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Matt Murphy

Matt Murphy

Matt Murphy


Matt "Guitar" Murphy (born December 29, 1929) is an American blues guitarist. Murphy was born in Sunflower, Mississippi.[1] He played with Howlin' Wolf as early as 1948 (harpist Little Junior Parker was also in the band at the time). By 1952, Murphy was in Chicago, where he began his long association with Memphis Slim by playing on his dates for United Records and Vee-Jay Records, including the album, At The Gate of Horn (1959). He was already a legend among serious guitarists by the 1960s Read more on Last.fm
Matt "Guitar" Murphy (born December 29, 1929) is an American blues guitarist. Murphy was born in Sunflower, Mississippi.[1] He played with Howlin' Wolf as early as 1948 (harpist Little Junior Parker was also in the band at the time). By 1952, Murphy was in Chicago, where he began his long association with Memphis Slim by playing on his dates for United Records and Vee-Jay Records, including the album, At The Gate of Horn (1959). He was already a legend among serious guitarists by the 1960s, famed for the incredibly fast and intricate blues riffs that would soon change rock and roll. While white rock and rollers were still playing the slow melodic riffs of "Love One Another" or the slow fuzzy riffs of "Wild Thing," a few (like Eric Clapton, Rick Derringer and Jeff Beck) were listening to the flying fingers of B. B. King and Matt Murphy and trying to emulate them. Murphy did not have a band of his own until 1982, but played with many famous bands.

Among them (more or less chronologically): Howlin' Wolf Little Junior Parker Ike Turner Memphis Slim James Cotton Otis Rush Etta James Sonny Boy Williamson II Chuck Berry Joe Louis Walker The Blues Brothers He played with some of these bands for many years (for example, 20 years in a row with Memphis Slim), while others were just sessions during his work at Chess Records (obviously, a virtuoso like Otis Rush did not need a full-time lead guitarist). He can be seen in the films The Blues Brothers and Blues Brothers 2000, where he plays Aretha Franklin's hen-pecked husband. Work thereafter with The Blues Brothers turned him into one of the best-known blues guitarists in the United States. Murphy's signature model guitar is manufactured by Cort Guitars. Murphy has been less active since he suffered a stroke on stage while performing in Nashville in 2003 — he finished his set performing with one hand. A benefit was mounted by notable musicians of Memphis and Nashville. Matt resides in Miami, Florida.

He has been playing in Florida with two young proteges. _________________________________________________________________________________ Probably best known for playing behind the Blues Brothers (and appearing prominently in their 1980 hit movie), Matt "Guitar" Murphy deserves enshrinement in the blues-guitar hall of fame anyway. His jazz-tinged, stunningly advanced riffing behind Memphis Slim elevated the towering pianist's 1950s output for United and Vee-Jay Records to new heights. Guitar playing ran in the Murphy household (which moved from Mississippi to Memphis when Matt was a toddler). Matt and his brother Floyd both made a name for themselves on the early-'50s Memphis scene (that's Floyd on Little Junior Parker & the Blue Flames' 1953 Sun waxings of "Feelin' Good" and "Mystery Train"). Matt played with Howlin' Wolf as early as 1948 (harpist Little Junior Parker was also in the band at the time).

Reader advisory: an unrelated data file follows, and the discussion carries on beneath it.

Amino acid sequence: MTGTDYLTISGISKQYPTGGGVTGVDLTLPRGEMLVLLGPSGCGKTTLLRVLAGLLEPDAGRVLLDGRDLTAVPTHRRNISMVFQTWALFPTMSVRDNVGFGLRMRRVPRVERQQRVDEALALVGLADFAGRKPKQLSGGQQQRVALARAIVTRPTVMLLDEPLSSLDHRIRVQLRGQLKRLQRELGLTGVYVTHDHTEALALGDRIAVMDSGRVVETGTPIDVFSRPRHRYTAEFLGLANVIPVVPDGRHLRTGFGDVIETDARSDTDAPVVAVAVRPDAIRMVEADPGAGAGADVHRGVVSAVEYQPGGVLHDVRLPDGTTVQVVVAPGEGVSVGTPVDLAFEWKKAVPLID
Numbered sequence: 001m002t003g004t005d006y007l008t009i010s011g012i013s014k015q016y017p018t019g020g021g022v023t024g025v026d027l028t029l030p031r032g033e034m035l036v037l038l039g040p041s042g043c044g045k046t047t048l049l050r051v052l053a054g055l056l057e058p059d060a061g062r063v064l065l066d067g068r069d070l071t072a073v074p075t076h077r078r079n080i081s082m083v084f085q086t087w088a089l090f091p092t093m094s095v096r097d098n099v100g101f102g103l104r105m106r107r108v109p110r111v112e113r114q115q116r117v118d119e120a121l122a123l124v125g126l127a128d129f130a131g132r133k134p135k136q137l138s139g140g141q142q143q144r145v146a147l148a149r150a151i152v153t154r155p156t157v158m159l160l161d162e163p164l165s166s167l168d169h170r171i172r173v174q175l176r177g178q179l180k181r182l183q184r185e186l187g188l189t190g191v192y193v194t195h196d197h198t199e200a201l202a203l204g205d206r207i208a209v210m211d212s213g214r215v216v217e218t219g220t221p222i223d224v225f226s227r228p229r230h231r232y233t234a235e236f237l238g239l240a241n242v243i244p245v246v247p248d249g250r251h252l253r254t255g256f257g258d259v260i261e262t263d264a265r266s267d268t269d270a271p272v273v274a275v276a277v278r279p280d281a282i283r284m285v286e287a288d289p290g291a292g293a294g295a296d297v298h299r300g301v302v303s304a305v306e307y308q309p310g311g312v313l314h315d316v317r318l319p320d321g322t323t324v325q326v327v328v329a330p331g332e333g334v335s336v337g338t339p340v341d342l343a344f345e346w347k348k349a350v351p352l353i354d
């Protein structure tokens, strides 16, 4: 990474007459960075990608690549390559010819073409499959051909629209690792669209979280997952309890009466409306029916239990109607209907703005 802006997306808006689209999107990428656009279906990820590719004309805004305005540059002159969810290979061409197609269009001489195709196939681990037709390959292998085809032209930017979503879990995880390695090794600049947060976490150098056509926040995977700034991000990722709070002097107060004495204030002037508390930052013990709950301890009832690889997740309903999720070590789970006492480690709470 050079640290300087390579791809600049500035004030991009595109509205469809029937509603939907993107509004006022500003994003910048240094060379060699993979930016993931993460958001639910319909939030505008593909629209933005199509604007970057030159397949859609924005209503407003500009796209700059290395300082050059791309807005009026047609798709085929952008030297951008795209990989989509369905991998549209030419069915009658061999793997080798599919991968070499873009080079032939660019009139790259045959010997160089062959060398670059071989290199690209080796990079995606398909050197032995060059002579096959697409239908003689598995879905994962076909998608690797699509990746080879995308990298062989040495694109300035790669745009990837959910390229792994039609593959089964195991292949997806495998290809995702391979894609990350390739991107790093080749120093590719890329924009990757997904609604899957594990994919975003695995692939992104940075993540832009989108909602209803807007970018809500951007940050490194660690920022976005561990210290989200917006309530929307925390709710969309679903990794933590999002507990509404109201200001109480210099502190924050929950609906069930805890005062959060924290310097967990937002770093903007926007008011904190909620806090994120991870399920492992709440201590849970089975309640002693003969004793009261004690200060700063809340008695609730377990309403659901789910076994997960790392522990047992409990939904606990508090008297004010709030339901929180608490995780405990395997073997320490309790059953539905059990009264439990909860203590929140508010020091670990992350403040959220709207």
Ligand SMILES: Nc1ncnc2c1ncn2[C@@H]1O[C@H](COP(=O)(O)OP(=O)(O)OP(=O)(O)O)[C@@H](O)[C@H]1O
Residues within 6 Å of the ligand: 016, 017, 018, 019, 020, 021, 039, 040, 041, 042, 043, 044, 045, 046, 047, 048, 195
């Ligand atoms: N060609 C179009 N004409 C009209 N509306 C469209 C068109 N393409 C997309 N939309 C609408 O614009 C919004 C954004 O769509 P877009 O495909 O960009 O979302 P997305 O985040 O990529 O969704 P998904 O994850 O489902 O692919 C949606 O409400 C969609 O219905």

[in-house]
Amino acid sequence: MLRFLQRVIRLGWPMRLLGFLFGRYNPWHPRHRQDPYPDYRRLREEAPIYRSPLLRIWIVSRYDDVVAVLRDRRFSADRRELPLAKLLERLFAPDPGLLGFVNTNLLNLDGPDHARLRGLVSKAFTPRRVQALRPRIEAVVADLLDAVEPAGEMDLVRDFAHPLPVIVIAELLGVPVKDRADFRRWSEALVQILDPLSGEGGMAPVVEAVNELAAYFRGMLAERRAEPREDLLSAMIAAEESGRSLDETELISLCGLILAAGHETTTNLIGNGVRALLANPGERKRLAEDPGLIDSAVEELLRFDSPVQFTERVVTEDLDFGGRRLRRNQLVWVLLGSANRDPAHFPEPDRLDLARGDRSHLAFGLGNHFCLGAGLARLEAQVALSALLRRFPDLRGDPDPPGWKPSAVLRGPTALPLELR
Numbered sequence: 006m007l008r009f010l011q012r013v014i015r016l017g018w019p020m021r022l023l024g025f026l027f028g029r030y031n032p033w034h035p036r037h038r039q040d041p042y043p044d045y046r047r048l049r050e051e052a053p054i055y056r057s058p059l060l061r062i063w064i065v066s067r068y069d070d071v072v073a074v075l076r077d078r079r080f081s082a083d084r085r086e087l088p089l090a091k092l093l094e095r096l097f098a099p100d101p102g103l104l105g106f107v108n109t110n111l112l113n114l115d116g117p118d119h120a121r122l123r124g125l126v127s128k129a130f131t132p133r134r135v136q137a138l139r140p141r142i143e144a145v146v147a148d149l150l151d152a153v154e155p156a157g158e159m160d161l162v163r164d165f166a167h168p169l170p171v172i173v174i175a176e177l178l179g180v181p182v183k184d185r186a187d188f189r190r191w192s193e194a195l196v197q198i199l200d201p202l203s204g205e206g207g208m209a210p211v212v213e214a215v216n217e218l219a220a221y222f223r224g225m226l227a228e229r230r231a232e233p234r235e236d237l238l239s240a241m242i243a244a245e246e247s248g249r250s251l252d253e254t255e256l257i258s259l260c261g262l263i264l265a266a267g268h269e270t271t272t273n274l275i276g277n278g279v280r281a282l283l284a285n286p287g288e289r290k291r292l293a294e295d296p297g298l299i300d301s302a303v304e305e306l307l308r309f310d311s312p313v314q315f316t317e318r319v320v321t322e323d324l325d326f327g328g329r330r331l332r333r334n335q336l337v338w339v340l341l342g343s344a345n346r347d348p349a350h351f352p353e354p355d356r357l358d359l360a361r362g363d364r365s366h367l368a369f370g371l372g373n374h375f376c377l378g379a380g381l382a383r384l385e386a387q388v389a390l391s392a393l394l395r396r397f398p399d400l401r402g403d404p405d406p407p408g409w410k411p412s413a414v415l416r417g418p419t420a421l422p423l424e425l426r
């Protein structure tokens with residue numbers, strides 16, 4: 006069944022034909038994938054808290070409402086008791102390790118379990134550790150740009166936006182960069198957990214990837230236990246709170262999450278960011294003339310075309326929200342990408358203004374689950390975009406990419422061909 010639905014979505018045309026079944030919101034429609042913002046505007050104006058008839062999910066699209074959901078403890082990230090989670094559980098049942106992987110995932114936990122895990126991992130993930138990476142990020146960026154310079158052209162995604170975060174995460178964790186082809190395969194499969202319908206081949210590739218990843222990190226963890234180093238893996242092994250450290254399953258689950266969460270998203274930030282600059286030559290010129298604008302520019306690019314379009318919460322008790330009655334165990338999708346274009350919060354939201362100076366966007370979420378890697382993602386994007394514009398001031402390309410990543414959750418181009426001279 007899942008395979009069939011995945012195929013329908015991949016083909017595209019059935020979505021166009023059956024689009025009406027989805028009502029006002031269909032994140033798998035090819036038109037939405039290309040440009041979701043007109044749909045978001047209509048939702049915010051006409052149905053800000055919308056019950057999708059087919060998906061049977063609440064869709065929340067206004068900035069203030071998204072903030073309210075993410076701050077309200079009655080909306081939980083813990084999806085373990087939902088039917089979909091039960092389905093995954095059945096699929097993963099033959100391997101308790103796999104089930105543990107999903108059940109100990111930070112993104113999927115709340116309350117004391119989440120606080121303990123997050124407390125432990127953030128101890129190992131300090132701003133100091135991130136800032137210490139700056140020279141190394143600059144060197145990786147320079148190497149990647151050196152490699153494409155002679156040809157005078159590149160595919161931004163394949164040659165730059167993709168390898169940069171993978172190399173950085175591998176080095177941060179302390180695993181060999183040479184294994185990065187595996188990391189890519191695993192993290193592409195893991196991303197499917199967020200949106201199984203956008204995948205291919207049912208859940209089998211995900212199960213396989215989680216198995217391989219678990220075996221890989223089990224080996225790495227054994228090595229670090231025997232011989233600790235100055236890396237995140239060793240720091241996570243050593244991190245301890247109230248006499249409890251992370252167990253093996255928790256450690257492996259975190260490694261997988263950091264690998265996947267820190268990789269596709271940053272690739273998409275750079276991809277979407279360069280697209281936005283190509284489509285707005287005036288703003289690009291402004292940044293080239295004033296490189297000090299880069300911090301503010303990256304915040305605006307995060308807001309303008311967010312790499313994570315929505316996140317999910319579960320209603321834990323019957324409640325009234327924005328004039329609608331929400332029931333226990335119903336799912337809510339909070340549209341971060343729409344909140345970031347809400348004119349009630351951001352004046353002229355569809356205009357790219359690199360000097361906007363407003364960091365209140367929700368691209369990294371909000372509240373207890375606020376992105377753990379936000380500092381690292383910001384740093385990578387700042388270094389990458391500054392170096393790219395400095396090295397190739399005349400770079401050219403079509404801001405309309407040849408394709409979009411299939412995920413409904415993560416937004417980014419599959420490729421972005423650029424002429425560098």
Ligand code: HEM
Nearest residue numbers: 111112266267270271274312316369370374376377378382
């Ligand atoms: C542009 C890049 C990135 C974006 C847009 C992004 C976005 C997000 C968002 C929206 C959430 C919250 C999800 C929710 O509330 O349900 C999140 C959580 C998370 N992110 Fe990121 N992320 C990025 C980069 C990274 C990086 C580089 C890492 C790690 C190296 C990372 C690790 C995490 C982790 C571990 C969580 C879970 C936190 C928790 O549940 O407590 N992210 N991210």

Murphy added hot licks to early sides by Parker and Bobby Bland for Modern before latching on with Memphis Slim's House Rockers in 1952. Normally, the veteran pianist eschewed guitarists altogether, but Murphy's talent was so prodigious that he made an exception. Murphy's consistently exciting guitar work graced Slim's United waxings from 1952-1954 and his 1958-1959 platters for Vee-Jay. Another solid Memphis Slim LP for Strand in 1961 and dates with Chuck Berry, Otis Rush, Sonny Boy Williamson, Etta James, and the Vibrations at Chess preceded Murphy's memorable appearance on the 1963 American Folk Blues Festival tour of Europe (along with Slim, Sonny Boy Williamson, Muddy Waters, Lonnie Johnson, Big Joe Williams, Victoria Spivey, and Willie Dixon). On that pioneering tour (promoted by Lippmann and Rau), Murphy commanded the spotlight with a thrilling "Matt's Guitar Boogie" that showcased his ultra-clean rapid-fire picking. Harpist James Cotton was the sweaty beneficiary of Murphy's prowess during much of the 1970s.

Murphy's crisp picking matched Cotton's high-energy blowing on the harpist's 1974 Buddah album 100% Cotton (the guitarist penned a non-stop "Boogie Thing" for the set). From there, it was on to aiding and abetting John Belushi and Dan Aykroyd's antic mugging, both on stage and in the Blues Brothers flick (where he played Aretha Franklin's guitarist hubby, convinced to come out of retirement by the boys in black). Murphy has toured as a bandleader in recent years, having recorded an album of his own in 1990, Way Down South, for Antone's (with brother Floyd on rhythm guitar). His repertoire encompasses blues, funk, jazz, R&B, and even a few of those Blues Brothers chestnuts (he usually carries someone in the entourage to sing 'em, Belushi-style). Read more on Last.fm.

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